Erykah Badu

June 13, House of Blues

Jacob Kepler

“I appreciate you letting me share my art.” From most any other singer, the comment would have been the height of pretentiousness, but from the mouth of Erykah Badu it didn’t seem the least bit out of line.

Everything the 37-year-old neo-soul survivor brought to Las Vegas on Friday night—her freakishly hip look (fashioned with a reddish-brown ’70s-style pantsuit, a massive bird’s-nest afro and, for the first part of her two-hour set, oversized black-rimmed glasses), her debonair 10-piece backing ensemble (four singers and six instrumentalists), a shrewdly constructed setlist marrying her early R&B hits and her current batch of politicized funk—felt like far more than components of a simple musical performance. This was art, an experience aimed as much at the head as at the ears or feet.

That intention was clear the moment Badu arrived and launched into the first of five consecutive cuts off February release New Amerykah Part One (4th World War) . Risky, sure, but the tightly packed House of Blues crowd responded to the new tunes as if they were old favorites, a tribute to Badu’s dynamic vocal abilities and charismatic stage persona. Playing the part of a modern-day Sly Stone or Chuck D, she steered her band through expert renditions of “Amerykan Promise,” “The Healer” and “Twinkle”—bleak, densely constructed compositions that define the urban experience in 2008 the way The Family Stone and Public Enemy did in their respective eras.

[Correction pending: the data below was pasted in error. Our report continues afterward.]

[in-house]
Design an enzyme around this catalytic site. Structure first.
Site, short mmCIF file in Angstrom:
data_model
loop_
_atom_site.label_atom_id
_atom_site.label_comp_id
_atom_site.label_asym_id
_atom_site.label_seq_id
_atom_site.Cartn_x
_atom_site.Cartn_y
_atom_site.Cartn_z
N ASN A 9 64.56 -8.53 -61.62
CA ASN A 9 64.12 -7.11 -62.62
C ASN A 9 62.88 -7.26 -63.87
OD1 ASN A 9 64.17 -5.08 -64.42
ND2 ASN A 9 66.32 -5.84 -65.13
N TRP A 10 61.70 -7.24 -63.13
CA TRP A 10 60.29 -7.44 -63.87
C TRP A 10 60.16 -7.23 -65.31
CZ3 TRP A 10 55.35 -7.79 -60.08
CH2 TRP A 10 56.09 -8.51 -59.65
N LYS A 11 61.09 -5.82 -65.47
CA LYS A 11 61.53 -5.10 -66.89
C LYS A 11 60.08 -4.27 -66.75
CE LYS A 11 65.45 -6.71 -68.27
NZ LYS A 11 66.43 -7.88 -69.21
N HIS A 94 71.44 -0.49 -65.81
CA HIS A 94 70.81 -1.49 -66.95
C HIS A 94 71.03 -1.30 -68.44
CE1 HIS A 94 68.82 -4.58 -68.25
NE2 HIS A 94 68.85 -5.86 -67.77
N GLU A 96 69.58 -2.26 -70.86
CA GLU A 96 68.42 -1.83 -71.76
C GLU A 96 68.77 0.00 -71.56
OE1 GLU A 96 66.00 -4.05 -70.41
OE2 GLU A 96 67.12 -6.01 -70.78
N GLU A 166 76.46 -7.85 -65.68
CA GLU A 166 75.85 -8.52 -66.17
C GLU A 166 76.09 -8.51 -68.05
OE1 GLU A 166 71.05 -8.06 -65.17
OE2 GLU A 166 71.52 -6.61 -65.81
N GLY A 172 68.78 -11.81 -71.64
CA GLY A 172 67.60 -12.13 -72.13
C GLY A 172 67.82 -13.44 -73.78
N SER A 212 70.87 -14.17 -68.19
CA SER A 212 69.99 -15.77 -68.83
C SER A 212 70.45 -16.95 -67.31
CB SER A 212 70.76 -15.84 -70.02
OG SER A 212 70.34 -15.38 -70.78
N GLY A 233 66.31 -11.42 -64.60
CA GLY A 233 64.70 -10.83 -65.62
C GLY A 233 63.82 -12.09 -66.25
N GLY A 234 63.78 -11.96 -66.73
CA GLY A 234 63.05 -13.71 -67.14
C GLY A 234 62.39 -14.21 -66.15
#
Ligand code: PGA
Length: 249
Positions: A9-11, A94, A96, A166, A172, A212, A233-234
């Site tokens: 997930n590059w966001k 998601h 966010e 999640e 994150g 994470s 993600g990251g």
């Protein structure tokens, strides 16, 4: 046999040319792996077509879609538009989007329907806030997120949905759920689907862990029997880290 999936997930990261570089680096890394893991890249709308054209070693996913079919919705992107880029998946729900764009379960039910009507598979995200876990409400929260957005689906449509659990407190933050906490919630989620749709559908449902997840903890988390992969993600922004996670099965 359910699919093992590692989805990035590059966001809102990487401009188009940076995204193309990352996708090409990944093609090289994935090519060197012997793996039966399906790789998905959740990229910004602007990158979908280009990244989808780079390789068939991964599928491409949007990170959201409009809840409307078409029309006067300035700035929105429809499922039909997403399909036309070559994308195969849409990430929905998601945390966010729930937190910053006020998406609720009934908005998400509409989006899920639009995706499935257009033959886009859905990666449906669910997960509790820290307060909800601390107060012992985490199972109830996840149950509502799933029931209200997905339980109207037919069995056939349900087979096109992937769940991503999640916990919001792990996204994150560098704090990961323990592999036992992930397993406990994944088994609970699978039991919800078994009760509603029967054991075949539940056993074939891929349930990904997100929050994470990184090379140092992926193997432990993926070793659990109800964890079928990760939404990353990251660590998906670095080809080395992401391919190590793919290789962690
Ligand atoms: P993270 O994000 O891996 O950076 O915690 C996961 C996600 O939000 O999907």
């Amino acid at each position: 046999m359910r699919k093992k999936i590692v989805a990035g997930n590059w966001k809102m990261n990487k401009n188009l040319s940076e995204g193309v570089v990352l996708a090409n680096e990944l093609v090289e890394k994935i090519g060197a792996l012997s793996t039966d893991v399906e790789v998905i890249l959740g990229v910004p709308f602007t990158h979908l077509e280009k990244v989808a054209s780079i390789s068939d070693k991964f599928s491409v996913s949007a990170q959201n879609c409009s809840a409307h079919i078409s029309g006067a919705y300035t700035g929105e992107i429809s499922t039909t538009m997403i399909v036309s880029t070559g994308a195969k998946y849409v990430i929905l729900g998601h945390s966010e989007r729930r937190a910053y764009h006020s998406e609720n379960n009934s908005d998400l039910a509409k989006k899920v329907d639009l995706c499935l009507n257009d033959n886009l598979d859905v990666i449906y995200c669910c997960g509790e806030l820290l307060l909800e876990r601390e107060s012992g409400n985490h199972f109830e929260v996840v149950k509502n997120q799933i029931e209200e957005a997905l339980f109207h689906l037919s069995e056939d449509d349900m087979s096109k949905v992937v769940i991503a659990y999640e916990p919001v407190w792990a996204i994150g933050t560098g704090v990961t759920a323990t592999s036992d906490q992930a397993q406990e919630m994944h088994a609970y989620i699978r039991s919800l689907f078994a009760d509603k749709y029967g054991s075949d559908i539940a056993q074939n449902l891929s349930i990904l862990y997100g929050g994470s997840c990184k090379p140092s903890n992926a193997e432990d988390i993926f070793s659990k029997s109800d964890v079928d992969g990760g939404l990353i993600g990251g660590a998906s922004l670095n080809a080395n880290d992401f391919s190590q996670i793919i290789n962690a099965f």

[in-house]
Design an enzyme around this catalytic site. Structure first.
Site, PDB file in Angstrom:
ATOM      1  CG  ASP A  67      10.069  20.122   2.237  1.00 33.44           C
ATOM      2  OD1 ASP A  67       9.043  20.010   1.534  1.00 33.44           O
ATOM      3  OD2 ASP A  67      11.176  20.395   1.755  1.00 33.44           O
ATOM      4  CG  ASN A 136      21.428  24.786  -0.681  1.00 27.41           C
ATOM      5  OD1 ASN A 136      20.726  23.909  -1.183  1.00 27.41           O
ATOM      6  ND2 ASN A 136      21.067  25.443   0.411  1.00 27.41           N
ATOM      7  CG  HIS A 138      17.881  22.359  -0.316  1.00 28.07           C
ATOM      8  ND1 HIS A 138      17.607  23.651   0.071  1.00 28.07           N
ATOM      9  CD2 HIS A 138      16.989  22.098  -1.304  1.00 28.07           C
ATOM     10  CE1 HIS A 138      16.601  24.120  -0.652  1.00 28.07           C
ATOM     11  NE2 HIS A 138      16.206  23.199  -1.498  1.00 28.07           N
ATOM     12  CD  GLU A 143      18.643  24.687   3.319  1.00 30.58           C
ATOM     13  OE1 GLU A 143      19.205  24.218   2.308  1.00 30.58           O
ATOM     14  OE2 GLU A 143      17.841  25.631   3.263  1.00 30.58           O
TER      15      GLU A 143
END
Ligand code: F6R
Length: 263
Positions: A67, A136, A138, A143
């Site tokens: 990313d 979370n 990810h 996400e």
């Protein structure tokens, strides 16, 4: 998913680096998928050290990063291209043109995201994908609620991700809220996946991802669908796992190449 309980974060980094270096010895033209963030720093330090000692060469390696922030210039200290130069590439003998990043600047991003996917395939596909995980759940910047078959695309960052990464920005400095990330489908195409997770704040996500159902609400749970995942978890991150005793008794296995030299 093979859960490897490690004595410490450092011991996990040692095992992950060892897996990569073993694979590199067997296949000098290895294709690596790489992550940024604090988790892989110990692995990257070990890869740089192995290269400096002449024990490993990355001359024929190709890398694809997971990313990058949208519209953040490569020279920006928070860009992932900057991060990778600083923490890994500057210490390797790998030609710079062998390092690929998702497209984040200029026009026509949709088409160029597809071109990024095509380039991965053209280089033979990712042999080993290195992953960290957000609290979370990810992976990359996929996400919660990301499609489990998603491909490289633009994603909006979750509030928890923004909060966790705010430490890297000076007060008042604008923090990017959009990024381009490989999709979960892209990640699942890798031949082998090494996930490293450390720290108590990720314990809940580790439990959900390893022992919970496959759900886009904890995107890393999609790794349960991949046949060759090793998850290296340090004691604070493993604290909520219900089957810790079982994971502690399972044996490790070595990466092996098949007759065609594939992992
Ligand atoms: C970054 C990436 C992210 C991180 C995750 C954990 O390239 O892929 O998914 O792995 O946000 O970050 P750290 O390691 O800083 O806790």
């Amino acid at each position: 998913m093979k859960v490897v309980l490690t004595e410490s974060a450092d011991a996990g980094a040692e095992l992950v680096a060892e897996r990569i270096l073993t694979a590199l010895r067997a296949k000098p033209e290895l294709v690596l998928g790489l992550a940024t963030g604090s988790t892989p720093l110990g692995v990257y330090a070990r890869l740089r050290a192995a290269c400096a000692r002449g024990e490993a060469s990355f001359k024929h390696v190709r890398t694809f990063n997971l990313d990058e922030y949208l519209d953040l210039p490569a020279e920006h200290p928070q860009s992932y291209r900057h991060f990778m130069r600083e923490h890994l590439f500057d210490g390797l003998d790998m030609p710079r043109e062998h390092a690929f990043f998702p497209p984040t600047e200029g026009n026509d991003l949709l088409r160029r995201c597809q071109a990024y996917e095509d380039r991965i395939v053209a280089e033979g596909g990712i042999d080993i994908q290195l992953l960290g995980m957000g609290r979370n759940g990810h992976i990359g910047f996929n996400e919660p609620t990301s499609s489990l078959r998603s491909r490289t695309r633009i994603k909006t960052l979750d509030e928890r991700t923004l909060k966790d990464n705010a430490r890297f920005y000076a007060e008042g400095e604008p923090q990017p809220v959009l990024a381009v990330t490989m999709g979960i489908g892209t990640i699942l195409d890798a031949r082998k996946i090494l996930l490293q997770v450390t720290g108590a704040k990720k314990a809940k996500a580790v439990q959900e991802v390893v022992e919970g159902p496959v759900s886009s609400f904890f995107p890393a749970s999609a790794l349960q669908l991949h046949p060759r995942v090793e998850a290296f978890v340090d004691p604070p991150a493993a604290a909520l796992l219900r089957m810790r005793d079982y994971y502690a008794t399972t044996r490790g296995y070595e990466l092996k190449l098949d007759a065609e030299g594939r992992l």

The show’s back half leaned more heavily on past successes—“On & On,” “Otherside of the Game,” “Danger,” “Bag Lady,”—though a dramatically retooled, borderline-electro version of “Apple Tree” and a Badu-as-rapper burst in the middle of “Love of My Life (An Ode to Hip-Hop)” reminded that she doesn’t allow vintage material to go stale, either.

If the night lacked anything, it was Badu’s jazzy side. Billie Holiday-inspired numbers “Orange Moon” and “Green Eyes” have been highlights at her House of Blues visits in the past, and considering both have made appearances along this summer’s “Vortex” tour, omitting them from Friday’s menu seemed a strange choice. But of course, even master artistes can use a quick lesson now and again.

The bottom line: ****

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Spencer Patterson

Spencer Patterson is the Editor of Las Vegas Weekly, having previously served as Managing Editor, Arts & Entertainment Editor and ...

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